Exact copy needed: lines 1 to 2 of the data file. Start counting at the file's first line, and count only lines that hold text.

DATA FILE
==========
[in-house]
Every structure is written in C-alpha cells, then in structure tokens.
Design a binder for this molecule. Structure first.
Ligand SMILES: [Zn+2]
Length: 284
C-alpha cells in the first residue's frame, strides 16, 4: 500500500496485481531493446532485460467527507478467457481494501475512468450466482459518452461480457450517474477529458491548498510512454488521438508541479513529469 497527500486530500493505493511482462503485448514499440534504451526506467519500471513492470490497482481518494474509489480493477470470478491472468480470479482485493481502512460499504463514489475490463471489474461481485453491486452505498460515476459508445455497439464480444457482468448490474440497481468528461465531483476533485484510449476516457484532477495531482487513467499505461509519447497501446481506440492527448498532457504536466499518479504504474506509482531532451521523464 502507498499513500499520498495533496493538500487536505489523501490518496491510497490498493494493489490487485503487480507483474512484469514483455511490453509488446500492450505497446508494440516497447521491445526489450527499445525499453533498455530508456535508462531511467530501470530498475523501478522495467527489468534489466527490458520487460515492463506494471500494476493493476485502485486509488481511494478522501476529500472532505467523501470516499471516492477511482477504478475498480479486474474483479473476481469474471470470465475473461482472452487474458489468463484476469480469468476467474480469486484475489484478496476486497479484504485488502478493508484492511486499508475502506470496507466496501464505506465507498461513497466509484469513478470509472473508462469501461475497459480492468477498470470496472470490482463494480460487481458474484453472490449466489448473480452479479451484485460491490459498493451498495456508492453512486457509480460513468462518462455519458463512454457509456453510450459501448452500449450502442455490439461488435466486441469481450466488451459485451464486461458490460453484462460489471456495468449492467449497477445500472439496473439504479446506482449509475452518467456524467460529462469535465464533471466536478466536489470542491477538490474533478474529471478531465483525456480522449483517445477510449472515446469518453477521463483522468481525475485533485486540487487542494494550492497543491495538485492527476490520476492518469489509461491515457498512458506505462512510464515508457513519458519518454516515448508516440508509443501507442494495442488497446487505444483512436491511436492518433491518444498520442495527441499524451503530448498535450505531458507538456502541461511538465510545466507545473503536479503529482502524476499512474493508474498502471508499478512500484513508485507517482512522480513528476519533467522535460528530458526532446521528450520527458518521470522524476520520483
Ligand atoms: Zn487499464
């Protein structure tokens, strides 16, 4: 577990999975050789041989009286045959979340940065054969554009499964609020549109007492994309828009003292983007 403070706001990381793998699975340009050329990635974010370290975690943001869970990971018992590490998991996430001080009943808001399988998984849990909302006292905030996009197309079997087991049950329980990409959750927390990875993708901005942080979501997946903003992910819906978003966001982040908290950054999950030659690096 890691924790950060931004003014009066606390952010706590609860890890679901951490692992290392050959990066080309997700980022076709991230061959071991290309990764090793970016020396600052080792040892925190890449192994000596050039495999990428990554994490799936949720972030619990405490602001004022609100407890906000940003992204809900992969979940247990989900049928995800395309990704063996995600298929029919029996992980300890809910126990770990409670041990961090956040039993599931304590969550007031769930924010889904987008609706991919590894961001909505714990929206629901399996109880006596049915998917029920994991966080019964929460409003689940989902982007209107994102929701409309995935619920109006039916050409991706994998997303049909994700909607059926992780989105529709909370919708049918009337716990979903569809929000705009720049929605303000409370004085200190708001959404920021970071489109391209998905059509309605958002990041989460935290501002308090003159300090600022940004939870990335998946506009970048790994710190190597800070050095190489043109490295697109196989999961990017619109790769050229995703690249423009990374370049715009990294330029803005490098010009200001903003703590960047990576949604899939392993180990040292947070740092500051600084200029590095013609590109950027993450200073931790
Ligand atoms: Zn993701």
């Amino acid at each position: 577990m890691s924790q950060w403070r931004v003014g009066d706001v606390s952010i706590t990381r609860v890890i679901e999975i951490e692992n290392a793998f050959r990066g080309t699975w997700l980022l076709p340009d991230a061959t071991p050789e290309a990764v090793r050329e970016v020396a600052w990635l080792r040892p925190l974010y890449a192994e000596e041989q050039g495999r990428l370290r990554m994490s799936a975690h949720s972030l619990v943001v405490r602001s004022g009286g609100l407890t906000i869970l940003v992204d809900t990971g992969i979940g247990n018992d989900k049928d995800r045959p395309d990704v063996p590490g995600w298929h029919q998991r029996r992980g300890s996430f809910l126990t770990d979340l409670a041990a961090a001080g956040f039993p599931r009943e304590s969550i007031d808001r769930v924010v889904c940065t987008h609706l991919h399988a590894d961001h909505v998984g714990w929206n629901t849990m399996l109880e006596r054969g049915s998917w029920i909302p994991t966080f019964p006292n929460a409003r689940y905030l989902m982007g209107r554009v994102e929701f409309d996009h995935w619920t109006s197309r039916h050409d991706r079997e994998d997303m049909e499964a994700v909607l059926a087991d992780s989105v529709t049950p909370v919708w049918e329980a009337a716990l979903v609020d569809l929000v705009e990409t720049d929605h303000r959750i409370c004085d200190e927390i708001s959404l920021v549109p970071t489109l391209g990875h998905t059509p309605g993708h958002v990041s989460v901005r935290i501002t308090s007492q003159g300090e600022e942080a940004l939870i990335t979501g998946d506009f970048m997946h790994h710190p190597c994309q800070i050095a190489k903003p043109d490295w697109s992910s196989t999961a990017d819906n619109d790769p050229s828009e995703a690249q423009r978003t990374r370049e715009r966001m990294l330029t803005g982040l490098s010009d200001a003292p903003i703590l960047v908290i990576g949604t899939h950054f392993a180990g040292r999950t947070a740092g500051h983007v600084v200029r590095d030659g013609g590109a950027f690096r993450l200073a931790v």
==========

[in-house]
Every structure is written in C-alpha cells, then in structure tokens.